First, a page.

My thumb is up to the test of battle, and its value to NHL teams. The clubs in California are exhibits A, B and C of the benefits of healthy competition. The Los Angeles Kings, Anaheim Ducks and San Jose Sharks may not like the fact they’re in the same division - it makes their regular season tougher and their playoff road harder - but the team that emerges from the Pacific Division is almost certainly better off in the end. What the Kings were forced to do to subdue the Sharks and the Ducks in last season’s first two playoff rounds can’t be measured, but it would seem wrong to discount it as a positive factor in LA’s championship run. Here again is a season that features three strong teams in California. The state’s combined record is currently 11-2-2 and all three teams look like Stanley Cup contenders. Two of them will suffer because of that, but one will benefit. The question is: Which one?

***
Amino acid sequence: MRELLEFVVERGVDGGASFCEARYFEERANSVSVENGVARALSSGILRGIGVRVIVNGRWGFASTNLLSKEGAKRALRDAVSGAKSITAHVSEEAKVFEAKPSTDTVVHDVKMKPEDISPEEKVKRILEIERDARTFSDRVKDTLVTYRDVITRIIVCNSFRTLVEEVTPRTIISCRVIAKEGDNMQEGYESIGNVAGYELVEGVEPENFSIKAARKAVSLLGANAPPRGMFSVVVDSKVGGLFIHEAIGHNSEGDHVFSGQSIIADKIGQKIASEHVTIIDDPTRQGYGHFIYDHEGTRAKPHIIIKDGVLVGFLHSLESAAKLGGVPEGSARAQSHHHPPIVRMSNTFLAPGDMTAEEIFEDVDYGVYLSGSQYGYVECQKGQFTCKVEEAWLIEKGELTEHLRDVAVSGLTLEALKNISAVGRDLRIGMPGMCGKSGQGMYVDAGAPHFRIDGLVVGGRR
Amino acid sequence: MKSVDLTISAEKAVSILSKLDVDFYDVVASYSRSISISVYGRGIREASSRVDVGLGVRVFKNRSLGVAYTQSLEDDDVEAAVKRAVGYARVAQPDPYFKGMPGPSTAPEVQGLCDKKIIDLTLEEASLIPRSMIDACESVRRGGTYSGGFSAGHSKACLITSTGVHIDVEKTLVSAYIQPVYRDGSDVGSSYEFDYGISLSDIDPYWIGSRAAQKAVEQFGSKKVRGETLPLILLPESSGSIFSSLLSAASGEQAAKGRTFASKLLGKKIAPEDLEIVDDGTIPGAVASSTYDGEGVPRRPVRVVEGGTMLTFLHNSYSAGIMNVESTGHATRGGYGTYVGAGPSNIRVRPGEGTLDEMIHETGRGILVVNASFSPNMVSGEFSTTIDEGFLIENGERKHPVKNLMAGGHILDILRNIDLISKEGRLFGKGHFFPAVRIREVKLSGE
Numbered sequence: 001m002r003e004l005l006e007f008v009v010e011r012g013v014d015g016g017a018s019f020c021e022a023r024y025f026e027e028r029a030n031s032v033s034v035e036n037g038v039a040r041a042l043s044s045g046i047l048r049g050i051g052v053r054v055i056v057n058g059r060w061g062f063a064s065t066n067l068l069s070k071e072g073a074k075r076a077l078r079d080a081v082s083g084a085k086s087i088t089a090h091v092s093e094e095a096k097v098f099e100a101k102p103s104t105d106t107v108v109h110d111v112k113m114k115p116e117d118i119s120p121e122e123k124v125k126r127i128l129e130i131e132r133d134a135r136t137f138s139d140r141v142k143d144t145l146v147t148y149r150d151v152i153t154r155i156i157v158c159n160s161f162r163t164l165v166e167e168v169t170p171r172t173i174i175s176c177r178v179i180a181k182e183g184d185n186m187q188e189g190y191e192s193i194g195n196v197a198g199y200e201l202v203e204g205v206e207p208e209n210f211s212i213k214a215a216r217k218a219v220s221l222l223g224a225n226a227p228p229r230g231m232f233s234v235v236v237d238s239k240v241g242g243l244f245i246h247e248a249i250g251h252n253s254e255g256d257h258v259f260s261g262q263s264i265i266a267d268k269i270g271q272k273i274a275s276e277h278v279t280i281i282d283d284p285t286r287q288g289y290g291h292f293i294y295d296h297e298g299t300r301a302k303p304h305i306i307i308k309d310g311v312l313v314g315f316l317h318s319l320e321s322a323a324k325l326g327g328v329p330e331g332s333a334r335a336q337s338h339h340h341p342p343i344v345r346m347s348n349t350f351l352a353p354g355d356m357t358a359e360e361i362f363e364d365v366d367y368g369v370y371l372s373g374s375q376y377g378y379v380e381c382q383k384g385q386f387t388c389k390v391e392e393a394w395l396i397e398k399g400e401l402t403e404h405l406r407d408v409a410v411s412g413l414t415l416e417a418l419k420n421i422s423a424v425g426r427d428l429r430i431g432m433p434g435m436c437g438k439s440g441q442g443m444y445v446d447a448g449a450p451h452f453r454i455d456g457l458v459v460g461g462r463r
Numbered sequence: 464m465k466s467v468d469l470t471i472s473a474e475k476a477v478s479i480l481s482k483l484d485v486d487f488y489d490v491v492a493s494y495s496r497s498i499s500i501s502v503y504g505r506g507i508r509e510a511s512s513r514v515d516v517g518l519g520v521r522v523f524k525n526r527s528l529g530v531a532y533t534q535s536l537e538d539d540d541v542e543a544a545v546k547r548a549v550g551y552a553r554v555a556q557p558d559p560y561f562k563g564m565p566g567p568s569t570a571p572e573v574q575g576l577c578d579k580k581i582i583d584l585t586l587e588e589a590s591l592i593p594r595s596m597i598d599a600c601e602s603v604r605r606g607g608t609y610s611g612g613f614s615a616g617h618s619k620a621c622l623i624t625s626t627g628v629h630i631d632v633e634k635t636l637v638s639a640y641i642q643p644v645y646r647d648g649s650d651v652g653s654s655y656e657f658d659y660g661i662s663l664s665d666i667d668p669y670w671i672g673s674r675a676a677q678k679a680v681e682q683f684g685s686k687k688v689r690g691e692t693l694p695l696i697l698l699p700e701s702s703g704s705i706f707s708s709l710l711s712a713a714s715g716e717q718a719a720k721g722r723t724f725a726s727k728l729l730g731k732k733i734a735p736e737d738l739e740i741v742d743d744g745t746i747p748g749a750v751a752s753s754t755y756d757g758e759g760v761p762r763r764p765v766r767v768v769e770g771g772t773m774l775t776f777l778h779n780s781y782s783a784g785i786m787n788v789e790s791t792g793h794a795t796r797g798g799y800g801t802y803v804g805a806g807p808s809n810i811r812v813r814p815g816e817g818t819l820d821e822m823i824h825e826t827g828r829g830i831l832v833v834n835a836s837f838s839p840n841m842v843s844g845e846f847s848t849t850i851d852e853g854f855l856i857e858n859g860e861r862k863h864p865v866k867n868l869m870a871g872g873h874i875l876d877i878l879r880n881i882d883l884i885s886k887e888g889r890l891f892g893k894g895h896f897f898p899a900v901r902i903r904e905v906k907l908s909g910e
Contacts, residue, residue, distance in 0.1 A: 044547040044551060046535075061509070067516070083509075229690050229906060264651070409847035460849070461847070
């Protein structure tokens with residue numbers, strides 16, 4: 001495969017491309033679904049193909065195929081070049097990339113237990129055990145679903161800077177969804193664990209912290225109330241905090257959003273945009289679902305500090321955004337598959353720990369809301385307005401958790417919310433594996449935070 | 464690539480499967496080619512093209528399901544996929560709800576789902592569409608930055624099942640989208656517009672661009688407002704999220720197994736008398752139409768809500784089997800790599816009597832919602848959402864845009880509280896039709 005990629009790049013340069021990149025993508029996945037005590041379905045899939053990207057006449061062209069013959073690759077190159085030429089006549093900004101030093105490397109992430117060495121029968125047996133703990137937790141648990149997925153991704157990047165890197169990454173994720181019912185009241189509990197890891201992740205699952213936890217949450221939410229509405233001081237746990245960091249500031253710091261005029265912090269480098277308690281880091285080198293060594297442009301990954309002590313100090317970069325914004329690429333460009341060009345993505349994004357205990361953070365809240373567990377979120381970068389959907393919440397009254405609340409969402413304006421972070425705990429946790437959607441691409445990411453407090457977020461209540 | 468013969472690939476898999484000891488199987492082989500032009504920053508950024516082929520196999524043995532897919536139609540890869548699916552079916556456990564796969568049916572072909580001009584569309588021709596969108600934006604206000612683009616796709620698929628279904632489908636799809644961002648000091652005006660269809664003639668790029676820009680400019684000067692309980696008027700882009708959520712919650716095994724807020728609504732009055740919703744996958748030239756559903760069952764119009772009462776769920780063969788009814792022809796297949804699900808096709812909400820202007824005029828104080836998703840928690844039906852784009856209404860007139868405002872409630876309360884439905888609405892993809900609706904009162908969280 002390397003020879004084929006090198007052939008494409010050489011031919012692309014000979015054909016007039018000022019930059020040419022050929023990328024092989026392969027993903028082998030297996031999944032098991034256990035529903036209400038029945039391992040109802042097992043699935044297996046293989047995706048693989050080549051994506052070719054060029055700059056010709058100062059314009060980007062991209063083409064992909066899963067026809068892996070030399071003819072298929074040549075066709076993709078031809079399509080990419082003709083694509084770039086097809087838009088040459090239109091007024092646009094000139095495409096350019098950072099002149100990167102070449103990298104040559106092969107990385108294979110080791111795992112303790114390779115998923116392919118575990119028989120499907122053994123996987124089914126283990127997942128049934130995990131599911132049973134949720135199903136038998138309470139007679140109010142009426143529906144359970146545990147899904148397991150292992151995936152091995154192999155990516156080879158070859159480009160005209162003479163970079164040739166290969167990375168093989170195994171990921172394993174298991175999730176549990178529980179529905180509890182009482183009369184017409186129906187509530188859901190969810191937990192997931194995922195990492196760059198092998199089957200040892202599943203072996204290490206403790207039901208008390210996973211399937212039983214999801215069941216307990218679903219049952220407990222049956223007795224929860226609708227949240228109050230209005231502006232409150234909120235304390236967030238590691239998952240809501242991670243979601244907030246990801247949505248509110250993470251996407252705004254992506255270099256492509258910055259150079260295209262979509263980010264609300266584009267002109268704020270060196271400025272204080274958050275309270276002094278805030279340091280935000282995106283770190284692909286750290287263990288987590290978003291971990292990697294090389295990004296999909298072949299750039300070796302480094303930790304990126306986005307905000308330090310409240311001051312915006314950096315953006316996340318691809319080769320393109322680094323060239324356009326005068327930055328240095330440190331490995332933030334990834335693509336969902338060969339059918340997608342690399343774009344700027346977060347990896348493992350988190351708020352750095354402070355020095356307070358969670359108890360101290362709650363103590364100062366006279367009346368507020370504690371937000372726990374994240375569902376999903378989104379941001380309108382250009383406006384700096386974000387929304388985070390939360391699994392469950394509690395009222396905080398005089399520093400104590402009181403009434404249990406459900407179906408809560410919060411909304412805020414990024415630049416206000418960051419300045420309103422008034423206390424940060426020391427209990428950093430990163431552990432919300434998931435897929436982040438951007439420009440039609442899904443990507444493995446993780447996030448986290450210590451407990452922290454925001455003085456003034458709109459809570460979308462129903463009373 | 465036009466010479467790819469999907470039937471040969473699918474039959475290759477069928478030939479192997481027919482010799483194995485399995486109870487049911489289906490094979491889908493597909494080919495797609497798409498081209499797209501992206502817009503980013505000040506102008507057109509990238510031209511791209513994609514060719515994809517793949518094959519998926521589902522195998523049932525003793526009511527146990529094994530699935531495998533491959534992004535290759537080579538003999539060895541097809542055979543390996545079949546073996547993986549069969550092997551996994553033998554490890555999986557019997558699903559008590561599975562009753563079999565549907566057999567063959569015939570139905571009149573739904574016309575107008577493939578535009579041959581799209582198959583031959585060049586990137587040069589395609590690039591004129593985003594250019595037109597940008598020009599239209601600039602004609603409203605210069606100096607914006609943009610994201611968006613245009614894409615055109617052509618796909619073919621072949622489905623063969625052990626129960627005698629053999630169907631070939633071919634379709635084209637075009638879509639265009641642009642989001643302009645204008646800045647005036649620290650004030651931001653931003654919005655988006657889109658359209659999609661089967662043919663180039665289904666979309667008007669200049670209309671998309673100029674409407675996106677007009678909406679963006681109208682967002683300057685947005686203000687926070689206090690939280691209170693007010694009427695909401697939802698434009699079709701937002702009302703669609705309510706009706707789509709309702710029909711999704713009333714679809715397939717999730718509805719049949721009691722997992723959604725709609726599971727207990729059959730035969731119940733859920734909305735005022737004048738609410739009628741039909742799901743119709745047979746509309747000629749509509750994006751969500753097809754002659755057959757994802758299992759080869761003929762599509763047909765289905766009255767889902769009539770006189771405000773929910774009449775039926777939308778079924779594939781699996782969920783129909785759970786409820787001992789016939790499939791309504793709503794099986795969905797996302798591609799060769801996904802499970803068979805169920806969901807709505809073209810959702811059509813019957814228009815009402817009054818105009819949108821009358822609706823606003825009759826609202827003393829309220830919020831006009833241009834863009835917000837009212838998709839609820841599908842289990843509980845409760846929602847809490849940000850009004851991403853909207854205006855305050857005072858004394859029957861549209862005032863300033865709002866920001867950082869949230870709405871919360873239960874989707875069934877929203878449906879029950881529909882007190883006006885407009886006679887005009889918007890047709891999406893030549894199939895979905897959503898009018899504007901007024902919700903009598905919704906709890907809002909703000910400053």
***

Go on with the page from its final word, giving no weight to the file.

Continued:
My thumb is down to the Edmonton Oilers’ decision to select Nail Yakupov with the first pick of the 2012 NHL Draft. I know you’ve heard that before, the Oilers are sick of hearing it and Yakupov is burdened by it. Unfortunately for Yakupov, the criticism will continue until he gets a fresh start somewhere else and the Oilers address their pressing need for blue line help. The Oilers could have solved some of their defensive woes if they had used that 2012 pick to select Ryan Murray, Jacob Trouba, Olli Maatta, Morgan Rielly, Hampus Lindholm….the list goes on. In a strong class for defenceman, after years of using top-ten picks on forwards Ryan Nugent-Hopkins, Taylor Hall, Magnus Paajarvi and Sam Gagner, it was time to take a blueliner. Instead, the Oilers took the only forward since Patrick Stefan in 1999 that did not warrant the No. 1 honour. It’s not that you can’t go wrong with the first pick, it’s that you can’t afford to.